Assisted living officials say woman is too frail to live there

A man in another state is currently facing an elder care problem involving his aunt that is reportedly increasingly common in Georgia and throughout the nation as well. The man's aunt is a 94-year-old who has been diagnosed with dementia. The problem arose after plans had been made for the woman to be transferred to a special assisted living care unit that is equipped to provide support to dementia patients.

However, when officials contacted the woman's nephew, it was to let him know that his aunt was not going to be transferred; instead, she was being evicted from the facility altogether. The spokesperson on the phone informed the nephew that his aunt had 30 days to leave the residence. When asked what the reason for the eviction was, the nephew was informed that because his aunt was so frail and needed two staff members to move her at all times, facility administrators decided they could no longer fulfill her special needs.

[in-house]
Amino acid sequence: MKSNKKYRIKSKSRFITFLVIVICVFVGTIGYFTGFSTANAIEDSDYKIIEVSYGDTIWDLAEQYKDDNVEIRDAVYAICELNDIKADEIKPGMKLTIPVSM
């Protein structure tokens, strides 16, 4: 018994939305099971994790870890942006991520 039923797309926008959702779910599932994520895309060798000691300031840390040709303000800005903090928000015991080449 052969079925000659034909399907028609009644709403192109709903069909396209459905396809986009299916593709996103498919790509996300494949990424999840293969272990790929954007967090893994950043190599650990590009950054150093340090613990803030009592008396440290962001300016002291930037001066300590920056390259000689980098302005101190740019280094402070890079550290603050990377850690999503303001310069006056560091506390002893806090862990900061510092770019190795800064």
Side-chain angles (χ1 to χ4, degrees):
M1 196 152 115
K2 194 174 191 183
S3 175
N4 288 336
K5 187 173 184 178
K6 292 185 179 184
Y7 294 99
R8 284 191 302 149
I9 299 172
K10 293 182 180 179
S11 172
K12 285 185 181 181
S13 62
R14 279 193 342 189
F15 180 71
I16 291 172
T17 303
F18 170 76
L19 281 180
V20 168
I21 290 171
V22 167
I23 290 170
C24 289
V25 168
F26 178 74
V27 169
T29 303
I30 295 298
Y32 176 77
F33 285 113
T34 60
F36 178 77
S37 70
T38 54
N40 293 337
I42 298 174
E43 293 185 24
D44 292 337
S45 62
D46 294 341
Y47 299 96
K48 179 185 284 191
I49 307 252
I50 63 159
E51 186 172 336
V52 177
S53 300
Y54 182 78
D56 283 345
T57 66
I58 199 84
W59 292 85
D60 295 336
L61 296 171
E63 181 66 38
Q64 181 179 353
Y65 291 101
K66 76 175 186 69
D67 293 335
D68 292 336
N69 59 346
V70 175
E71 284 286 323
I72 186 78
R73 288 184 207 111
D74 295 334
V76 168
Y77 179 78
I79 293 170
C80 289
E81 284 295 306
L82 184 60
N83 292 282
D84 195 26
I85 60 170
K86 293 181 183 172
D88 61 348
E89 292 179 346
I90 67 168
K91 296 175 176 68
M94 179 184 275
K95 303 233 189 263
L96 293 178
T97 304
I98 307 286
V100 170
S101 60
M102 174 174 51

In 2016, long-term care ombudsmen received nearly 3,000 complaints of elders who had experienced similar evictions. Assisted living facilities are governed by the laws of the individual states where they are located. Each facility has the discretion to determine when and why it chooses to evict people.

Some of the more common reasons that assisted living residents often get evicted include failing to pay monthly charges, refusing to follow residence rules, causing harm or becoming a danger to him or herself, or to staff members or other residents. Many elder advocates say that being too old or frail should not be legitimate cause for eviction. A Georgia elder law attorney can provide support to those who dealing with assisted living neglect or similar issues.

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